Karen:

What do you like most about the trance scene?

MaRLo:

I love that most of the time, it's a community that ... How do I put this? That share a moment together. There's something that's unique to trance out of any genre. I've been around a little while and there's something unique about the moment you feel when everyone's got their eyes closed and their hands in the air. And you really feel a moment and everyone in that room right there is sharing the same experience. It doesn't matter what country you're in, what your background is, what your religion is, what your political views, none of that matters in trance, in those moments. And for me, that's really attractive, that's something that I really believe in and that's why I love it.

Karen:

So, trance is changing quickly, what can your fans expect from you next?

MaRLo:

Photo Credit: Jon Vuke

Photo Credit: Jon Vuke

I don't know if it is changing. I think everything changes, I think life changes. But as many differences as there are, there's as many similarities and if you look back to when I started going out, there's a pattern that goes like ... It goes really hard, underground, right? And everyone loves it and then it goes softer again. And then it goes really hard again and then it goes softer and same with the popularity of trance, it's like everyone's hyping on it, everyone loves it and then it sort of goes back into the background a little bit but it's always there. It's always stuck around, it's not like a hype genre. Some genres stick around for six months and everyone loves it and then it's over, it's gone. There's lots of genres like UK garage, two-step, right? There's all these genres that had a big burst for a while and then they disappear for what seems like forever and they could come back. But trance is always there and goes through little peaks and troughs of excitement but I think when the new generation comes into it, the new 18, 19-year-olds that are first coming out, it might feel to them like things are changing within a two or three year period, right? But if you look over a 15 year period, it's like we've already done that change five times, you know what I mean? It goes like that.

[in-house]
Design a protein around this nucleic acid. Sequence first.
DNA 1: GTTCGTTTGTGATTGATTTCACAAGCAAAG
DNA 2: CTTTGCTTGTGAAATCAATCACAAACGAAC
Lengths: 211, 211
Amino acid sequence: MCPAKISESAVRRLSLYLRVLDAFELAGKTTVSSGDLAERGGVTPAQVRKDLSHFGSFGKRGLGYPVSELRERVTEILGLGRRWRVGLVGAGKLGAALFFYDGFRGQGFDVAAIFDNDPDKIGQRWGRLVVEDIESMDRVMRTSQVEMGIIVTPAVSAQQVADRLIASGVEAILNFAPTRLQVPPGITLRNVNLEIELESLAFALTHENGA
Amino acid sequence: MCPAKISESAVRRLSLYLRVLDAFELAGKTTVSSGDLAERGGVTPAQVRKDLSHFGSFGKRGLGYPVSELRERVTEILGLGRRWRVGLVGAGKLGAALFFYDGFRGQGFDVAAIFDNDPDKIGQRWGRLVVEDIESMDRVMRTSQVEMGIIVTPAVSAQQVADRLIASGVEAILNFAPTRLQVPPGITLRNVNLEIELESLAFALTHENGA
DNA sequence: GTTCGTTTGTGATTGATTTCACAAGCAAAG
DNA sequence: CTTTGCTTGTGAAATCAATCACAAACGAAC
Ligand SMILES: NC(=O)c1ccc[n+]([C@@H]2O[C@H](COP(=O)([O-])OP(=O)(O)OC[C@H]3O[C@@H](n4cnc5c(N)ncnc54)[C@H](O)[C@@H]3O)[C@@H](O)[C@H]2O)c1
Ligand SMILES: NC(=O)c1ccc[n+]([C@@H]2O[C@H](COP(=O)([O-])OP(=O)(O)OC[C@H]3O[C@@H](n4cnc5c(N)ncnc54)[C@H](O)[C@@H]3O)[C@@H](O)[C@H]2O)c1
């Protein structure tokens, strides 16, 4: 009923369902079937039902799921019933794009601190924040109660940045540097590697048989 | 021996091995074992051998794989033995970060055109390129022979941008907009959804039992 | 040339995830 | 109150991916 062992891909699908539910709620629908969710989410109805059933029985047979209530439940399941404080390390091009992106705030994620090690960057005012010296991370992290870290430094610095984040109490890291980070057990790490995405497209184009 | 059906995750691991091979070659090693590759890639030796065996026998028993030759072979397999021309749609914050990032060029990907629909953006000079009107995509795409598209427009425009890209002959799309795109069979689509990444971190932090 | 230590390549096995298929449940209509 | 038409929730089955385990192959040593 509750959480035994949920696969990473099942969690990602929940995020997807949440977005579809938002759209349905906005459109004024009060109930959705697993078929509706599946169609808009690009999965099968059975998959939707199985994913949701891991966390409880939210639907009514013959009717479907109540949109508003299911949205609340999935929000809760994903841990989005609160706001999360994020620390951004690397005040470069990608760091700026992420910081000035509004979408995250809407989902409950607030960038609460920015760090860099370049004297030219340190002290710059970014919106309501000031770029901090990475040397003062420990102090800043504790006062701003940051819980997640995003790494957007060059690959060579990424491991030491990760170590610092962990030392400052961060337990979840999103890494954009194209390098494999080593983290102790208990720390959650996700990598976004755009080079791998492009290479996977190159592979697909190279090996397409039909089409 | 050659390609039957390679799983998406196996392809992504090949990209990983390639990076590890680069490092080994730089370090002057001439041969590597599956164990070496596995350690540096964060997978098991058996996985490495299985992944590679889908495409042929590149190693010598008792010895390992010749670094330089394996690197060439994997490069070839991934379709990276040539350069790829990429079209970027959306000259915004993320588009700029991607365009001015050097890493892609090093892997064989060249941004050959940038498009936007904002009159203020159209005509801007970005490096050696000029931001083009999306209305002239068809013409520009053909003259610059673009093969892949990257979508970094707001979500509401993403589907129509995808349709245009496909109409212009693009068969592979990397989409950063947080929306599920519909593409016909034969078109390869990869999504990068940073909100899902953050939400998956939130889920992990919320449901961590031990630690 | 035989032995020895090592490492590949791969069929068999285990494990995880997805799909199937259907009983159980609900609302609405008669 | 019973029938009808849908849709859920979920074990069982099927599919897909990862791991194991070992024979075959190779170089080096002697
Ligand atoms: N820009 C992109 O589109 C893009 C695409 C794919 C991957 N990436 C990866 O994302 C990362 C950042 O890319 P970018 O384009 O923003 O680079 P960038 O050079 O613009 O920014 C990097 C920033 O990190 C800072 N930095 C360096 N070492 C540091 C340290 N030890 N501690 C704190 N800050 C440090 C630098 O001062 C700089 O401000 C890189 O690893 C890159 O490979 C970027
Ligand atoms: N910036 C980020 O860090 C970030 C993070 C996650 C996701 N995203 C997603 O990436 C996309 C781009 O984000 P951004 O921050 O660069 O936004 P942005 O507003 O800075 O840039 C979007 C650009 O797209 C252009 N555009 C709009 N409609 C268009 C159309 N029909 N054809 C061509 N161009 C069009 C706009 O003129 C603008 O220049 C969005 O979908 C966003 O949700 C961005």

Karen:

Any last comments for your fans?

MaRLo:

Without fans, I'm nothing. 100%. The fans mean everything to me, they're the reason I get invited to play shows. They're the reasons I get to do what I love to do, that's the most important thing, I think. If I didn't get booked for shows, there's no money in selling your music anymore, especially not in trance. It's not like people are on iTunes buying 10 million copies of your track, that just doesn't happen in trance and it's not supposed to, that's not what it's about. The fact that you build up a fan base means that you get to tour into all these special places, and get to see all this cool stuff and I'm really grateful and thankful for that.